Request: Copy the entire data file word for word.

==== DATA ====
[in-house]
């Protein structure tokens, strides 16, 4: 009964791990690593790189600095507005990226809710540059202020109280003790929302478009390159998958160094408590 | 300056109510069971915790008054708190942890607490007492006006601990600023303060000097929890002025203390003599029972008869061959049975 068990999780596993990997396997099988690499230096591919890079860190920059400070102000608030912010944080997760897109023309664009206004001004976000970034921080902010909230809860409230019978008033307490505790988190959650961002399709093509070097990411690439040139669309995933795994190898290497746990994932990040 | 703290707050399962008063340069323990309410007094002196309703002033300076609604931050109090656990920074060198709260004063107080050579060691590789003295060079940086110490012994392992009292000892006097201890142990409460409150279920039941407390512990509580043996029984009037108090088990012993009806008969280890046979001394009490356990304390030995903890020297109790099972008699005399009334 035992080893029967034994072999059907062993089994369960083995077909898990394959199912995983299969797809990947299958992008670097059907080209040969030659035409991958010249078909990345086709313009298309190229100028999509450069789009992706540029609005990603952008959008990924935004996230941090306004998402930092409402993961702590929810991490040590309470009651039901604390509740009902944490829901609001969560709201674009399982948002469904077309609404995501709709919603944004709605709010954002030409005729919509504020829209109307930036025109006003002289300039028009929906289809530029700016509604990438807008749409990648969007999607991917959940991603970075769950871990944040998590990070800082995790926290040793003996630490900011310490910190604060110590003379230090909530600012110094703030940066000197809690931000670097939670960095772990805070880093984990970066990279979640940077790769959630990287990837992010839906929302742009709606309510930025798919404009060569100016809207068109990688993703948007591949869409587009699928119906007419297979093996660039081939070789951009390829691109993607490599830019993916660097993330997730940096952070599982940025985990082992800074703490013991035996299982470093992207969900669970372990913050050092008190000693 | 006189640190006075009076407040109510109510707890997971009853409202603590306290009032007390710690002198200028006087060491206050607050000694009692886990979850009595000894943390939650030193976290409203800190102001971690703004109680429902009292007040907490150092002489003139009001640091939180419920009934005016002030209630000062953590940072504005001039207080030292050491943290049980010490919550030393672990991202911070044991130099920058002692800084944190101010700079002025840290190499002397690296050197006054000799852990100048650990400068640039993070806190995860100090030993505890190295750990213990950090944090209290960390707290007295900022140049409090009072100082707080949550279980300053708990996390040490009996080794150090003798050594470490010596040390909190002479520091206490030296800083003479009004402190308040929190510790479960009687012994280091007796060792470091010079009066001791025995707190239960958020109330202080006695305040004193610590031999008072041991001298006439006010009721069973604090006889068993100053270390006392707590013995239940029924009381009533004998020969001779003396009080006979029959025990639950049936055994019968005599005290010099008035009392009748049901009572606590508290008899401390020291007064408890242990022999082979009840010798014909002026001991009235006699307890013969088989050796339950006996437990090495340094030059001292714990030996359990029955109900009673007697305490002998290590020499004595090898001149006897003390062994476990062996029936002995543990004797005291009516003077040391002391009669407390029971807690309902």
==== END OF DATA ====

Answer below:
[in-house]
């Protein structure tokens, strides 16, 4: 009964791990690593790189600095507005990226809710540059202020109280003790929302478009390159998958160094408590 | 300056109510069971915790008054708190942890607490007492006006601990600023303060000097929890002025203390003599029972008869061959049975 068990999780596993990997396997099988690499230096591919890079860190920059400070102000608030912010944080997760897109023309664009206004001004976000970034921080902010909230809860409230019978008033307490505790988190959650961002399709093509070097990411690439040139669309995933795994190898290497746990994932990040 | 703290707050399962008063340069323990309410007094002196309703002033300076609604931050109090656990920074060198709260004063107080050579060691590789003295060079940086110490012994392992009292000892006097201890142990409460409150279920039941407390512990509580043996029984009037108090088990012993009806008969280890046979001394009490356990304390030995903890020297109790099972008699005399009334 035992080893029967034994072999059907062993089994369960083995077909898990394959199912995983299969797809990947299958992008670097059907080209040969030659035409991958010249078909990345086709313009298309190229100028999509450069789009992706540029609005990603952008959008990924935004996230941090306004998402930092409402993961702590929810991490040590309470009651039901604390509740009902944490829901609001969560709201674009399982948002469904077309609404995501709709919603944004709605709010954002030409005729919509504020829209109307930036025109006003002289300039028009929906289809530029700016509604990438807008749409990648969007999607991917959940991603970075769950871990944040998590990070800082995790926290040793003996630490900011310490910190604060110590003379230090909530600012110094703030940066000197809690931000670097939670960095772990805070880093984990970066990279979640940077790769959630990287990837992010839906929302742009709606309510930025798919404009060569100016809207068109990688993703948007591949869409587009699928119906007419297979093996660039081939070789951009390829691109993607490599830019993916660097993330997730940096952070599982940025985990082992800074703490013991035996299982470093992207969900669970372990913050050092008190000693 | 006189640190006075009076407040109510109510707890997971009853409202603590306290009032007390710690002198200028006087060491206050607050000694009692886990979850009595000894943390939650030193976290409203800190102001971690703004109680429902009292007040907490150092002489003139009001640091939180419920009934005016002030209630000062953590940072504005001039207080030292050491943290049980010490919550030393672990991202911070044991130099920058002692800084944190101010700079002025840290190499002397690296050197006054000799852990100048650990400068640039993070806190995860100090030993505890190295750990213990950090944090209290960390707290007295900022140049409090009072100082707080949550279980300053708990996390040490009996080794150090003798050594470490010596040390909190002479520091206490030296800083003479009004402190308040929190510790479960009687012994280091007796060792470091010079009066001791025995707190239960958020109330202080006695305040004193610590031999008072041991001298006439006010009721069973604090006889068993100053270390006392707590013995239940029924009381009533004998020969001779003396009080006979029959025990639950049936055994019968005599005290010099008035009392009748049901009572606590508290008899401390020291007064408890242990022999082979009840010798014909002026001991009235006699307890013969088989050796339950006996437990090495340094030059001292714990030996359990029955109900009673007697305490002998290590020499004595090898001149006897003390062994476990062996029936002995543990004797005291009516003077040391002391009669407390029971807690309902």